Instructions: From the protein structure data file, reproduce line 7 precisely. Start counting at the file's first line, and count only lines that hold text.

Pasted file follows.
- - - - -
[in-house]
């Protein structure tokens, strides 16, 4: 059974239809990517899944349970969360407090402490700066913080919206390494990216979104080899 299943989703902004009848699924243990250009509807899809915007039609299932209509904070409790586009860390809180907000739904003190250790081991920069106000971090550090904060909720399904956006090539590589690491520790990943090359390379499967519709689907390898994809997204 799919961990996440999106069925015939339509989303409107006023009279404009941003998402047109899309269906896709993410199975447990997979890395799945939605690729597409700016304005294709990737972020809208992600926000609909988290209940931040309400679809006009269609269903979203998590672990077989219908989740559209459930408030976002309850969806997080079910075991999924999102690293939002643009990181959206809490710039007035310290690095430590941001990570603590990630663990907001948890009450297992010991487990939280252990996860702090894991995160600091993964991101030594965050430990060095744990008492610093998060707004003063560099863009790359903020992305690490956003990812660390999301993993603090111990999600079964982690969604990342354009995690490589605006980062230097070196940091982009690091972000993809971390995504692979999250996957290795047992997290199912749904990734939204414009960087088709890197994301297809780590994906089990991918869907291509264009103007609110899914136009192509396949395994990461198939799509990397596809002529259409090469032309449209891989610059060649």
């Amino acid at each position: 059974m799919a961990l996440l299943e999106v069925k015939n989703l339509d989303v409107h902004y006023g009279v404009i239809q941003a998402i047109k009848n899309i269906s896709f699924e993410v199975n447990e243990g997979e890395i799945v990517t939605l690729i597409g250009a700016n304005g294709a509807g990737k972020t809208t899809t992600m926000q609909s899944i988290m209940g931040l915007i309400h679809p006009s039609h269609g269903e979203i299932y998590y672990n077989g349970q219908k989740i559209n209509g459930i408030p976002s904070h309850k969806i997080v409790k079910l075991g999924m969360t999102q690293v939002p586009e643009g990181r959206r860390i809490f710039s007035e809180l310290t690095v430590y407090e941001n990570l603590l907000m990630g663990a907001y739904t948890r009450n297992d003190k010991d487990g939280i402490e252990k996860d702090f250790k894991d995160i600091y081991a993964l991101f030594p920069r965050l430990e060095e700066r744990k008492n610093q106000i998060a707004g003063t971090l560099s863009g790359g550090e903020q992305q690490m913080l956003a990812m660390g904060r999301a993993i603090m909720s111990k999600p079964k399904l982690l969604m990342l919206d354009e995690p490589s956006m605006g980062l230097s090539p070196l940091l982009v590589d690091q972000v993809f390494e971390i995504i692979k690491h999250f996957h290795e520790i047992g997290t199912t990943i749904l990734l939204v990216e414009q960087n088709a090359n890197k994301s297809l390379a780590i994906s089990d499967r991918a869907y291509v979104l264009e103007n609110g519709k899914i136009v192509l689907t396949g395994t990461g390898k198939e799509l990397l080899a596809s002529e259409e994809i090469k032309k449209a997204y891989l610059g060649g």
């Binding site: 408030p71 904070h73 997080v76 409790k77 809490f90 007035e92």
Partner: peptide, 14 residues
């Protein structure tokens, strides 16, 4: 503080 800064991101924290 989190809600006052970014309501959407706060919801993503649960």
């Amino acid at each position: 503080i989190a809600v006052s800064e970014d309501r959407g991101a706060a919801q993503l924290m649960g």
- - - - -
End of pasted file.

């Amino acid at each position: 503080i989190a809600v006052s800064e970014d309501r959407g991101a706060a919801q993503l924290m649960g």